Iconic Australian Foods

100 Iconic Australian Foods to Try! (PDF Checklist)

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Every country has their favourite and most popular food selection and here in Australia, we aren’t so different. In fact, we have a huge range of iconic Australian foods that we savour.

We may not be a fancy bunch, but our iconic Australian foods form a significant part of our cultural identity nonetheless. While we don’t offer ancient flavours or sophistication, we do share in a mix of native culture and add our own spin to other creations from across the world.

Of course, vegemite is always at the top of the list, but there are other foods that we feel are particularly iconic as well. Fairy Bread, Sausage Sizzles, Chip Sangas, Tim Tam Slams and Chicken Parmys, just to name a few.

Just to be clear, Aussies do not throw “shrimp on the bar-bee (BBQ).” That was just a campaign directed towards the American market – and one we’re not even that fond of! Personally, we prefer prawns – a different, yet similar species.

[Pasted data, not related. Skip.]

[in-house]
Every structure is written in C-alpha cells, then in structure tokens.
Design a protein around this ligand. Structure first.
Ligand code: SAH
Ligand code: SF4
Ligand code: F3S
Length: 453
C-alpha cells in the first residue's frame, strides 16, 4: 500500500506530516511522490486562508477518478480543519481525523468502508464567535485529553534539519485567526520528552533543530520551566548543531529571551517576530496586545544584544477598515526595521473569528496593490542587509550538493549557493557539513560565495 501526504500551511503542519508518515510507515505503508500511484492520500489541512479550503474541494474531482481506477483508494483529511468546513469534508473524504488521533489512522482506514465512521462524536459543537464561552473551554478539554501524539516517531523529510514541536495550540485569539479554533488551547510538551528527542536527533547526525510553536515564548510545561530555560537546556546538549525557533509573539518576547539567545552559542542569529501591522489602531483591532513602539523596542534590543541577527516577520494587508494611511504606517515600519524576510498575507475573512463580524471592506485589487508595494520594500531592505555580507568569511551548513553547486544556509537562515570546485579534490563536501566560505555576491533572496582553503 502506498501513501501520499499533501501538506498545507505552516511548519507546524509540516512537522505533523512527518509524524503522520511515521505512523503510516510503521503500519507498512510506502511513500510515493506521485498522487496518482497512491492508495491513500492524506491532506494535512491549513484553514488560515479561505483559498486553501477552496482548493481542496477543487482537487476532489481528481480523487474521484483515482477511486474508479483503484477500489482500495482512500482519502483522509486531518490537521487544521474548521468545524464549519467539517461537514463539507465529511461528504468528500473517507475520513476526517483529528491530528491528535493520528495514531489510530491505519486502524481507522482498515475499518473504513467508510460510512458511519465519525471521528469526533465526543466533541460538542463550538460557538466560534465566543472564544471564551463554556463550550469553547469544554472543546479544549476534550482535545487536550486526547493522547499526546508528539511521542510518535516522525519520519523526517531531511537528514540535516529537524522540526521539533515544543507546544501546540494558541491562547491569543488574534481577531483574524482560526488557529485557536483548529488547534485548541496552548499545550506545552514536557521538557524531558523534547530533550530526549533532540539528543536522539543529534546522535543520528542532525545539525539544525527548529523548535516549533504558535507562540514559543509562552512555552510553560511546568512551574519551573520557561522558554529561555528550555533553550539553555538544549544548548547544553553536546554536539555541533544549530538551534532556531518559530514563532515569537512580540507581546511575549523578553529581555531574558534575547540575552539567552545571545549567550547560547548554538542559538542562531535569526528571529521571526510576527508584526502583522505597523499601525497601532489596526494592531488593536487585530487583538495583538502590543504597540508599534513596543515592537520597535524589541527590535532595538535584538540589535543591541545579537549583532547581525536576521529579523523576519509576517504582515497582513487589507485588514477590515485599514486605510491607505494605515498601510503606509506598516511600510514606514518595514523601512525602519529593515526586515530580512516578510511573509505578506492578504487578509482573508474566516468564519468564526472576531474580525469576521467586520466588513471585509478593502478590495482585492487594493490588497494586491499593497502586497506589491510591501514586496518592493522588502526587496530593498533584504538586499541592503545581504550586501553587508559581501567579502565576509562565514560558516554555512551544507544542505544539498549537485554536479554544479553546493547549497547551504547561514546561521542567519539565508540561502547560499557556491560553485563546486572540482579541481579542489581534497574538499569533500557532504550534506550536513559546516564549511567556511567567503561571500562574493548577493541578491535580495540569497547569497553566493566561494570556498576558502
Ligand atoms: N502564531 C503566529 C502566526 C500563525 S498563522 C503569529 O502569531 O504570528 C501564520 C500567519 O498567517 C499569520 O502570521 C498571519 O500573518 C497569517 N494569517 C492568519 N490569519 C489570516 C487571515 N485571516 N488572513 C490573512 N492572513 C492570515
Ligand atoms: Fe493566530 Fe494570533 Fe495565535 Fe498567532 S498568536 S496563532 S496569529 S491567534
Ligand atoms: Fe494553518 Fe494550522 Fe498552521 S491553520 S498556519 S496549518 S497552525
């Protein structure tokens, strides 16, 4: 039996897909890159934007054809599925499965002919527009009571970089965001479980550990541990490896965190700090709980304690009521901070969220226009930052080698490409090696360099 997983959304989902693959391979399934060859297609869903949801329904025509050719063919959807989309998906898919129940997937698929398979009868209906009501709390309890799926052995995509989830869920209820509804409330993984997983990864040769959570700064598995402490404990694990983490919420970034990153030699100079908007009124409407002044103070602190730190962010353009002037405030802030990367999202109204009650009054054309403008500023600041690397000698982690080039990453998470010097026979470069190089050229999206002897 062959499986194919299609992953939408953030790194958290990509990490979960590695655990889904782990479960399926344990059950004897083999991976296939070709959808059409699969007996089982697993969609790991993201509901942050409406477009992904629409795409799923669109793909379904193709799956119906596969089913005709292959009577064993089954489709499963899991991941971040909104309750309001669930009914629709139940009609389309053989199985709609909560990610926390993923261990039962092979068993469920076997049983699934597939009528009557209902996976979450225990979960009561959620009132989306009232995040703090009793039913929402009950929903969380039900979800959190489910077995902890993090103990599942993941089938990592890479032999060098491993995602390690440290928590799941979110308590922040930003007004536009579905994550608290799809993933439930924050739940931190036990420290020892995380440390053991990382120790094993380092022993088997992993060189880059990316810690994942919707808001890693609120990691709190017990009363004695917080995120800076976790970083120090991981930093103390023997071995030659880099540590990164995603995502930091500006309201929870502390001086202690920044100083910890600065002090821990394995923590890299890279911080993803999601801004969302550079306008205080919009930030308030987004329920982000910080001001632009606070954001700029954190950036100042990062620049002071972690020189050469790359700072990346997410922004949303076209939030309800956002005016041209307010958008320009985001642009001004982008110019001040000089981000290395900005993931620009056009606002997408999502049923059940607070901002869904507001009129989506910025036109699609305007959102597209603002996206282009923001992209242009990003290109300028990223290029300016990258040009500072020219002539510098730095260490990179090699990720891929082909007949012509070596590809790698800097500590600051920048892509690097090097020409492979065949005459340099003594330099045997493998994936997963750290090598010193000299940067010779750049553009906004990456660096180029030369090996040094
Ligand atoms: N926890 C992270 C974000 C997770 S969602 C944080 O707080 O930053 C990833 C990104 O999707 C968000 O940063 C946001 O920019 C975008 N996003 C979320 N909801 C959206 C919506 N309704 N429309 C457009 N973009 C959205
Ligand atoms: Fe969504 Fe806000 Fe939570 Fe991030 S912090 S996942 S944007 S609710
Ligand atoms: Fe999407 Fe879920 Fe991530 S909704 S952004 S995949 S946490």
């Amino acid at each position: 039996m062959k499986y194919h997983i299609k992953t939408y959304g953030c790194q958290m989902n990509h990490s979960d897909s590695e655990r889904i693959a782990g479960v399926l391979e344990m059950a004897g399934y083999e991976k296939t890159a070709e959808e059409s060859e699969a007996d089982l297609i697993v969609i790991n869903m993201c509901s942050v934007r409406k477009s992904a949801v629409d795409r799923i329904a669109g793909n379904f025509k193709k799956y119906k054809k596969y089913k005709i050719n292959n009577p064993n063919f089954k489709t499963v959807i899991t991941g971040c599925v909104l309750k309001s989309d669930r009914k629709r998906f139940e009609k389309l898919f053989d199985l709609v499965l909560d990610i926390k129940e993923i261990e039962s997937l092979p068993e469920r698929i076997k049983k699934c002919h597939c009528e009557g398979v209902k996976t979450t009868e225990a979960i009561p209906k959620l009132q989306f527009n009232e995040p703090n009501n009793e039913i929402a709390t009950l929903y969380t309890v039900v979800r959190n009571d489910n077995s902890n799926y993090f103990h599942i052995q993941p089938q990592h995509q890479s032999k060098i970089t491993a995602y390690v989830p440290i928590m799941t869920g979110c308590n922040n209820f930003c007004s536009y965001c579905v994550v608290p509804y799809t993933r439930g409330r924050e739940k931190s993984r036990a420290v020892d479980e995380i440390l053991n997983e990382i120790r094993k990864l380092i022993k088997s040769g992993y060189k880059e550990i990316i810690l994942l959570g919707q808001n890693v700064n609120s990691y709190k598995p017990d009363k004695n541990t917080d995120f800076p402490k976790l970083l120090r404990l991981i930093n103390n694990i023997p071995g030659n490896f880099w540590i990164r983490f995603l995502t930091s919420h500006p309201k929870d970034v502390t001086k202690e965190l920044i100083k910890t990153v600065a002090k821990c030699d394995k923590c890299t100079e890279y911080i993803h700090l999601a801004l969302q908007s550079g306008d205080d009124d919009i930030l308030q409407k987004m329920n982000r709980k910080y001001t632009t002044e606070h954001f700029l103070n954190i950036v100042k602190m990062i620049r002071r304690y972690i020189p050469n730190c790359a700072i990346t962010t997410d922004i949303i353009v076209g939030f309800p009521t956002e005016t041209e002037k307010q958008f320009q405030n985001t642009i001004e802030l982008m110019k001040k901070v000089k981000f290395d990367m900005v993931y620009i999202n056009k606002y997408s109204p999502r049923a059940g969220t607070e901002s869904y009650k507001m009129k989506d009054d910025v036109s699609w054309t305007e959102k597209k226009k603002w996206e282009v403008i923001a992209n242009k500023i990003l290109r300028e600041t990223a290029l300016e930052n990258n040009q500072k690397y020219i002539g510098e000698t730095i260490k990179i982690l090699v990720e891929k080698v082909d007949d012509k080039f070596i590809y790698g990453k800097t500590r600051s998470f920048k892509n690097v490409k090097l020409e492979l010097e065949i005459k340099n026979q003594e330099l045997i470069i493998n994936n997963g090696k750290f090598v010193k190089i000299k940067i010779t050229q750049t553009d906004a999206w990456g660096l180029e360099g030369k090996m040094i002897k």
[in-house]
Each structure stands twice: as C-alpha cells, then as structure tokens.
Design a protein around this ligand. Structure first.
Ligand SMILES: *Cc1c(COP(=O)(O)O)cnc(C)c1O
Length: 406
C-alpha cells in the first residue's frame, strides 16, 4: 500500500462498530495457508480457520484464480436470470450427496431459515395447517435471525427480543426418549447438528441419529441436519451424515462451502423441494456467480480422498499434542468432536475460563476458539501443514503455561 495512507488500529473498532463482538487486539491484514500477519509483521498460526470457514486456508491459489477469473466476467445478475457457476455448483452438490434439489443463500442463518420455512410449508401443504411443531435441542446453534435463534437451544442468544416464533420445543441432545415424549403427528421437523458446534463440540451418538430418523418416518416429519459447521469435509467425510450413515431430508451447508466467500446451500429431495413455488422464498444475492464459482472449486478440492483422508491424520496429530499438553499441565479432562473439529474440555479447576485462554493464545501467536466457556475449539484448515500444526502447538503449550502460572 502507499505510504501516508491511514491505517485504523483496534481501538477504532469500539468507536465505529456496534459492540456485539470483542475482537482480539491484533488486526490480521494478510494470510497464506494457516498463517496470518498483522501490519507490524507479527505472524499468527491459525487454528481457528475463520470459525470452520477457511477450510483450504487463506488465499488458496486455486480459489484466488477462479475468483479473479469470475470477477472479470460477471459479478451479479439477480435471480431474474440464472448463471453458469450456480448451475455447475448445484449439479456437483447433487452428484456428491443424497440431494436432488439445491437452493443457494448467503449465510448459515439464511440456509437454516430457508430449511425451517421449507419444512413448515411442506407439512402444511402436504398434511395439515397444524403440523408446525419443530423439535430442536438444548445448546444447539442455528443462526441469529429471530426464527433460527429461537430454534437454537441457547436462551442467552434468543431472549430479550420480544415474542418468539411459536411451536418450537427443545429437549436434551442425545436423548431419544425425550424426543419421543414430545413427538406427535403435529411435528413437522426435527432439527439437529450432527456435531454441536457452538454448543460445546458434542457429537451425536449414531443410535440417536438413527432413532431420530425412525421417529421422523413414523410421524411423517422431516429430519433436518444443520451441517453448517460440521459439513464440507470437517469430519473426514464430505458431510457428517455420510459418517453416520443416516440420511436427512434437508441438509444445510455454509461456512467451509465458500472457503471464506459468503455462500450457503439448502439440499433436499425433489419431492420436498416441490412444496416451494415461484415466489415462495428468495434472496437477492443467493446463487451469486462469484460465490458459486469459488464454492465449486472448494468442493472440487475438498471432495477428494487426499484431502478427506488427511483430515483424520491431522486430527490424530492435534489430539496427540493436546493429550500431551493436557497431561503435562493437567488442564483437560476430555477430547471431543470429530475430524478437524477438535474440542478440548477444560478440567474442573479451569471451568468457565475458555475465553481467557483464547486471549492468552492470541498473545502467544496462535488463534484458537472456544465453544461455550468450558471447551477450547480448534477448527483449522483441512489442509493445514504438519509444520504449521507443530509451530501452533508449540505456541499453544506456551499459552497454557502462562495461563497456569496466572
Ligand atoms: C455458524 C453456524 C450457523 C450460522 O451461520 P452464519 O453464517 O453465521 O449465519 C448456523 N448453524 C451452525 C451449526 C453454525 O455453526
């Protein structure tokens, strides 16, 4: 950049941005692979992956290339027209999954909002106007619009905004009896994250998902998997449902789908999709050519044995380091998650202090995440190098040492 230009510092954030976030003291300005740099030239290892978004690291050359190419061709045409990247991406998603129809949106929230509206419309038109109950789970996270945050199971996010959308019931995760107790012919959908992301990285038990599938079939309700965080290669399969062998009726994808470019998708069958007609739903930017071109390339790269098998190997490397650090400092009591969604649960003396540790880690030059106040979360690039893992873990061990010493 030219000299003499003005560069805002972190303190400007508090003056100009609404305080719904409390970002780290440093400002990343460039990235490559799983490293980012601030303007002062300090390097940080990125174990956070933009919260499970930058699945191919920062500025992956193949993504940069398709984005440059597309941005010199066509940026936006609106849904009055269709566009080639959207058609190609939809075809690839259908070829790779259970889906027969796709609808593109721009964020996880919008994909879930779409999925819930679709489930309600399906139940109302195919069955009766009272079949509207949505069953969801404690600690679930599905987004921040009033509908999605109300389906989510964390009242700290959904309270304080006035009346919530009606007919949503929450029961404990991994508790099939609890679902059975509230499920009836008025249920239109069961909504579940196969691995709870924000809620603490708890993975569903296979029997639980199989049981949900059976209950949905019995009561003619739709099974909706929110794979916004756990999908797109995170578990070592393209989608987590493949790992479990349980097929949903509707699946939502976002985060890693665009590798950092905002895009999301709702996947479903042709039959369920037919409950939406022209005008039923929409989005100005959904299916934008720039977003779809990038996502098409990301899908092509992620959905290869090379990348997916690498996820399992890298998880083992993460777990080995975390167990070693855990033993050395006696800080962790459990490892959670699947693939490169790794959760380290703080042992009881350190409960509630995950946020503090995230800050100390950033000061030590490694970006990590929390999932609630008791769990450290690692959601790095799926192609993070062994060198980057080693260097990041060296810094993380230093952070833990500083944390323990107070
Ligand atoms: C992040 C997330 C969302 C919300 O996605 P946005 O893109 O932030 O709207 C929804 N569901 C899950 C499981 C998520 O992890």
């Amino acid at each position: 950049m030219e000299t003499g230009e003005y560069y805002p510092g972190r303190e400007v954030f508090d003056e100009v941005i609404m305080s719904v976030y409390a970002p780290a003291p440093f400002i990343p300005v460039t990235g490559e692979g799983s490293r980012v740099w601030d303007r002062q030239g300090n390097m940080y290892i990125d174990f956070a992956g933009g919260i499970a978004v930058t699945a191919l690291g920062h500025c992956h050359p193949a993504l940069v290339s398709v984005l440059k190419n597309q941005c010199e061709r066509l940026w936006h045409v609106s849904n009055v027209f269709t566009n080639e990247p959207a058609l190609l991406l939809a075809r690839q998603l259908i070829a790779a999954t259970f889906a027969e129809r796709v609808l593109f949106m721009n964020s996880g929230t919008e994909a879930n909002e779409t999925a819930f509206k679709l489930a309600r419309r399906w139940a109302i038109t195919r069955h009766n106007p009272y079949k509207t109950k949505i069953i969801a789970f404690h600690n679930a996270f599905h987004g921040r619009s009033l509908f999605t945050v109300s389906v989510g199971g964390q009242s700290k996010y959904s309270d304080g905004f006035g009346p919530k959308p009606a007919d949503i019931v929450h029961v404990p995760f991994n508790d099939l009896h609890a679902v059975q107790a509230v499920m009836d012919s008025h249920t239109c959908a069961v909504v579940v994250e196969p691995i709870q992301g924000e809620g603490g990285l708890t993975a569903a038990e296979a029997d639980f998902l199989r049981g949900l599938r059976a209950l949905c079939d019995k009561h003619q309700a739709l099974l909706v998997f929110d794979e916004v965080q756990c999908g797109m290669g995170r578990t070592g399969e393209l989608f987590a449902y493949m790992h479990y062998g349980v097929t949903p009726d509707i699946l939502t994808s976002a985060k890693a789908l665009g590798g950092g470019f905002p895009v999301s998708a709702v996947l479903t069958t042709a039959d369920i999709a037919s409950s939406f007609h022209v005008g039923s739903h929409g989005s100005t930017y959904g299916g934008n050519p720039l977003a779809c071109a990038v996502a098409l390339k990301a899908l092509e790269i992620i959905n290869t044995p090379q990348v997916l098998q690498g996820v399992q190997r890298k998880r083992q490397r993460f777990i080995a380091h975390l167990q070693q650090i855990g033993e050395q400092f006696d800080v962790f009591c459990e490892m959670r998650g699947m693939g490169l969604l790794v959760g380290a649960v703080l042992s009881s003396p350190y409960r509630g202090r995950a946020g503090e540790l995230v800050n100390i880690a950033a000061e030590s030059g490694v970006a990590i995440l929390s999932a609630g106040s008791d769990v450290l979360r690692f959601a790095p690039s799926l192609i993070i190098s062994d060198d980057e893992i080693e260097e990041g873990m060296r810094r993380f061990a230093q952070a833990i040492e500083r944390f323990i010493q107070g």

For many of you Australian readers, some of these items won’t seem ‘weird’ to you at all, but to the wider world, Aussies will forever remain the odd bunch from down under – and proudly so!

Here are 100 traditional Australian foods (in no particular order) that you should try at least once in your lifetime.

*Note – not all of these foods were invented in Australia, they’re just super popular or iconic with the folk here.

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Iconic Australian Foods – BREAKFAST

Vegemite on Toast

Would this even be an iconic Australian foods list if vegemite wasn’t sitting right at the top?!

Vegemite is a thick, dark brown spread which is made from a yeast extract, plus some spices and vegetable additives. The taste is salty, malty and a little bit bitter.

Vegemite on Toast